A City of Chaos - Hong Kong

by Adam Gathergood 2 years ago in guide

The Itinerary I Followed on My 3 Day Stopover and Why You Should Visit!

A City of Chaos - Hong Kong

There are over 7 million people living on Hong Kong, in a fairly small area, making it one of the world’s most densely populated areas. The lack of space has turned Hong Kong into the world’s most vertical city, full of sky-scrapers. Hong Kong looks to the future but embraces its past. There is so much to do in this city that you simply cannot get bored.

Hong Kong Island Must Do's:

DAY 1 AND DAY 2 of my Trip

  • Victoria Peak - The highest natural peak of the city. For a breathtaking view over the skyscrapers, take the cable car or head up by bus.
  • Harbor City Lights and Garden of Stars - An evening must do. See the spectacle of lasers and skyscrapers light up this part of the harbor. It's great for reflection photography.
  • 1904 Double Decker Trams on Hong Kong Island - Take a tram from one end of the island to the other, but just be prepared to wait until one with some space arrives. These cost $2.50HK and operate between 6 AM and 1 AM.
  • The Street Escalator - It is quite simply just an escalator but outside, built to speed up the commute to work. The mid-section holds an array of restaurants and bars.
  • Walk around the street markets for fresh food, homemade crafts, and the weird and wonderful. I ate a chicken's foot.
  • Take a bus trip out to Aberdeen Fishing village, home to the Jumbo Floating Restaurant. The only access is via a Sampan Boat Ride from one of the locals which costs $60HK and worth it for the experience.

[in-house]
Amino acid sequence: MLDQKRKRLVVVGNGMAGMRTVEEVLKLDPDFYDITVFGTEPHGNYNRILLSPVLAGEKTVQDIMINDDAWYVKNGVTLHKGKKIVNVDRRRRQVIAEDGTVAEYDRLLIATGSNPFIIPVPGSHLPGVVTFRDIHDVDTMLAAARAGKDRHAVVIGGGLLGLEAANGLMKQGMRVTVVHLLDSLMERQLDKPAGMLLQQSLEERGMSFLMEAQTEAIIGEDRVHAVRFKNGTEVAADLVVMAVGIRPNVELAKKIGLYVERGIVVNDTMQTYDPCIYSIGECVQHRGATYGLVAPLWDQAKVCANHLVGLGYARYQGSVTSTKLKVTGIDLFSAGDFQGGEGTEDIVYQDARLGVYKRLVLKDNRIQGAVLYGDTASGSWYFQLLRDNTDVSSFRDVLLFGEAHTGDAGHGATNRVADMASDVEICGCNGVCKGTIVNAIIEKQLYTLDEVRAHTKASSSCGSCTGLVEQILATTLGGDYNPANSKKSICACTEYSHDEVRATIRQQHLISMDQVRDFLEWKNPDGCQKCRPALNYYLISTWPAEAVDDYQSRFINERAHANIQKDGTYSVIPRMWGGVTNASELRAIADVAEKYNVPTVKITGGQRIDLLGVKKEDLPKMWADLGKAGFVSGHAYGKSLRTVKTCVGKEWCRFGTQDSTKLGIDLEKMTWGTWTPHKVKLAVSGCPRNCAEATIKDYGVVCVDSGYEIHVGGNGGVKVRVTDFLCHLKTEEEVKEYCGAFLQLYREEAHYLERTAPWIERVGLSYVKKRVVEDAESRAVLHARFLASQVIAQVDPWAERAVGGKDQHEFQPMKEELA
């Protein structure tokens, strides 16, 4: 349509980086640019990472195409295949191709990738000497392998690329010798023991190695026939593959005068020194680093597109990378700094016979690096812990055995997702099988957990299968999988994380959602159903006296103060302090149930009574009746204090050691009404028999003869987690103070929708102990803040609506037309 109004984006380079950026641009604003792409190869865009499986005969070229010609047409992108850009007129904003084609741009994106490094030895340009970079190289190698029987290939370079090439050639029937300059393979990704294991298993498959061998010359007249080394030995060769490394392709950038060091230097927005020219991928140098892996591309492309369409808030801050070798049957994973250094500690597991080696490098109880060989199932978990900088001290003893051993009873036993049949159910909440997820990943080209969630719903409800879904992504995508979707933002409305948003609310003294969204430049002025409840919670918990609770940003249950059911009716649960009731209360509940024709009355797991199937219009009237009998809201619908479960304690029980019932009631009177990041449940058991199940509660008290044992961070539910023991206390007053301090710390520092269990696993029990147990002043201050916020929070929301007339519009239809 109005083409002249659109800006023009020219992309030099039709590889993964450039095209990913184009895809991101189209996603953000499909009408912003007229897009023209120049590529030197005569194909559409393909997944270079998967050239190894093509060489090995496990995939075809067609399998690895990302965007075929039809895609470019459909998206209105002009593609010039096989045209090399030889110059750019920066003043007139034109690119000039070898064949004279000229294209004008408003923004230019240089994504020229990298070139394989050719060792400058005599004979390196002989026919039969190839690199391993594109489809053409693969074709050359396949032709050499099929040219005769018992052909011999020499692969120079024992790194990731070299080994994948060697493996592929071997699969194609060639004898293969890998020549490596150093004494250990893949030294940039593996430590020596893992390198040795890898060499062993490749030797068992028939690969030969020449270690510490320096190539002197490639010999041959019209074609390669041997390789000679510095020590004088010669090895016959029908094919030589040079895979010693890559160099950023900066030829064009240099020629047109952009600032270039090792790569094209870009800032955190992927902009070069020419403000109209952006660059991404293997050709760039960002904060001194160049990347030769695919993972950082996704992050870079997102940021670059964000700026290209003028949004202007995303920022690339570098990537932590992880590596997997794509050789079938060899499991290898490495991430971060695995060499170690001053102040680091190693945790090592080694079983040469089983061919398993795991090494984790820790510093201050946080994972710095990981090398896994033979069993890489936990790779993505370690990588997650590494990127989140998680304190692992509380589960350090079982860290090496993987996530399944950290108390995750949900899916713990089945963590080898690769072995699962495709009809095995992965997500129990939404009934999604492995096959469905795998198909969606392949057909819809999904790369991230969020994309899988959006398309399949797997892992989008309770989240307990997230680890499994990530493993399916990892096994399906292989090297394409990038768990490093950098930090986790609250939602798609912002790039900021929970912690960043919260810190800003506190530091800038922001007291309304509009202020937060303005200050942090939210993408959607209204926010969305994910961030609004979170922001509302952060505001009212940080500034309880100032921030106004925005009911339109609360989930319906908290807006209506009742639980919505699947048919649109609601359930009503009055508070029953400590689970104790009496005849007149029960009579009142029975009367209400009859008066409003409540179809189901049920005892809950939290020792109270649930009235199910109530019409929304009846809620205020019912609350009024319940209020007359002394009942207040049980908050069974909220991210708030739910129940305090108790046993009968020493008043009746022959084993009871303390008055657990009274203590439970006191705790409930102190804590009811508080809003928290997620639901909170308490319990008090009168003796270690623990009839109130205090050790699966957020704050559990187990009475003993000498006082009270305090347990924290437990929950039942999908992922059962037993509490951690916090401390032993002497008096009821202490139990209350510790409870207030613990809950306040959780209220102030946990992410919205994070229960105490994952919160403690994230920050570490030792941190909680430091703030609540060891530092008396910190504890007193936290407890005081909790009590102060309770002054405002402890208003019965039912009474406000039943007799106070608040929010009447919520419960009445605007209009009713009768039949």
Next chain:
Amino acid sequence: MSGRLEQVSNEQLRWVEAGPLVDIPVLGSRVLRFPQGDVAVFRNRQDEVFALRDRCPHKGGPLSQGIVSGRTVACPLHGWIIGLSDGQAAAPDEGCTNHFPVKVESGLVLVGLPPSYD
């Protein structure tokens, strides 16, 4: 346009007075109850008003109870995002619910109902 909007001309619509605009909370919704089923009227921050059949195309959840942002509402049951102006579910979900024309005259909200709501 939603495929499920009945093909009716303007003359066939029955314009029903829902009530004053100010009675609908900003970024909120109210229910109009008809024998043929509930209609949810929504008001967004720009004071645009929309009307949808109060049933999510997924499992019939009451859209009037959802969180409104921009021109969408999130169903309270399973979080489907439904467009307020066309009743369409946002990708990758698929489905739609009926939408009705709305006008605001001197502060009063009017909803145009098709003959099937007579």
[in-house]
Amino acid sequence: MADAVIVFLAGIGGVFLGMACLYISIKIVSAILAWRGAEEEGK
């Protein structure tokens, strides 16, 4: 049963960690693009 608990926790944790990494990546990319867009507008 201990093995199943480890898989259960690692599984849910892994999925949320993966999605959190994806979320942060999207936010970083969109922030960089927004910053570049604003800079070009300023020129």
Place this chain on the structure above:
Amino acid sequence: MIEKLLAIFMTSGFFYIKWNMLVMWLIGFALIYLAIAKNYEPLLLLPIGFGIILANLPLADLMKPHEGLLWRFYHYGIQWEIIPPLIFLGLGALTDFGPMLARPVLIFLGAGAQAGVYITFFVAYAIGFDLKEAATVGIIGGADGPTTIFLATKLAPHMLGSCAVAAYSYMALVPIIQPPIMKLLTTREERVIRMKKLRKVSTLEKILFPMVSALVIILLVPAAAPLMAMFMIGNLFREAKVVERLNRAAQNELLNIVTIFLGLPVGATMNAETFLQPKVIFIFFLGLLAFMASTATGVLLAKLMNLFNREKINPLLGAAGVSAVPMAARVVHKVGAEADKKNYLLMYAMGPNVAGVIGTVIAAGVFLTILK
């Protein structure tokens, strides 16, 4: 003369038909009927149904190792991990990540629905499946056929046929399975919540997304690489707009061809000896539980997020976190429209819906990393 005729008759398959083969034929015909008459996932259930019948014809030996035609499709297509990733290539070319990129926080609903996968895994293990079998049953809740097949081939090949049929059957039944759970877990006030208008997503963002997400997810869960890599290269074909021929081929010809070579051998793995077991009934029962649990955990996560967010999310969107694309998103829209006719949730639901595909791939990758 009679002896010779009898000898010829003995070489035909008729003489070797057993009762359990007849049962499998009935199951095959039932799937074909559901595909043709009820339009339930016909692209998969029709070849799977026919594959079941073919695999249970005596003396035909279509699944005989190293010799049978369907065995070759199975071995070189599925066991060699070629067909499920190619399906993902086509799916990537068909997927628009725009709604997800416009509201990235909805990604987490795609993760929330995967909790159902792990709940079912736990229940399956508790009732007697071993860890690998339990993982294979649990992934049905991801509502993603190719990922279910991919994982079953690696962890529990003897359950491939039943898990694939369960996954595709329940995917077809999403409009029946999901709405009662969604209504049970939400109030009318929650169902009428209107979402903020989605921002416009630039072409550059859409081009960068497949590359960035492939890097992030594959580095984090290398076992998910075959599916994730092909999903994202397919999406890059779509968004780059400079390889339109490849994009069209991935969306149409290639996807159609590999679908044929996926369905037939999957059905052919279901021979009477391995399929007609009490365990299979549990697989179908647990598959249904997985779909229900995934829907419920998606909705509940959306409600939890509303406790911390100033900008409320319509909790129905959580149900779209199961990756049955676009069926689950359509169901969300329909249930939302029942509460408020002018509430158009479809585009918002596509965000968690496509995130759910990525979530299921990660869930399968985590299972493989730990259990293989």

• Finish either day off with a visit to the Garden of Stars and the spectacular city harbor lights where you see the skyscrapers of Hong Kong Island and laser lights beam up the harbor waters.

Kowloon Tour:

DAY 3. A Journey Around Hong Kong's Best Traditional Sites

The Wong Tai Sin Temple is located within Kowloon amongst the surrounding skyscrapers. The Taoist temple is used to worship the temple God, Wong Tai Sin, whom heals the wounded, saves the dying, and punishes evil. The temple attracts over 10,000 visitors per day and anyone can take part if they wish by burning an incense candle and leaving it by the main altar as it is known to provide good luck.

Nan Lian Gardens is a beautiful public park renovated in the Tang dynasty style (AD 618–907). This scenic garden is meticulously landscaped over an area of 8.6 acres, in which every hill, rock, body of water, plant, and timber structure has been placed according to specific rules and methods. It is a peaceful walking space with plenty of photo opportunities. The gardens lead into the Chi Lin Nunnery, which is a temple complex with wooden architecture, buddhist relics, and peaceful lotus ponds.

Jade Market and Jade Street

The Jade Market is the main trading place of the authentic Chinese good- luck charm. Jade has been long associated with long life and good health in Chinese culture, making it a prized material for good-luck charms. At the Jade Market you can find almost any variation of Jade ornaments, bracelets, rings, pendants, and unusual finds.

My Opinion of Hong Kong

I love photography and the exploration factor towards travel and there was plenty of that available. Throughout the three days, I was not bored and would love to go back. I did see a lot more than I have shown throughout this blog post so it was a pretty jam-packed trip. If you love chaotic cities, a mixture of modern and tradition, Hong Kong is a must visit location for your bucket list.

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Adam Gathergood

Gathergood Adventures

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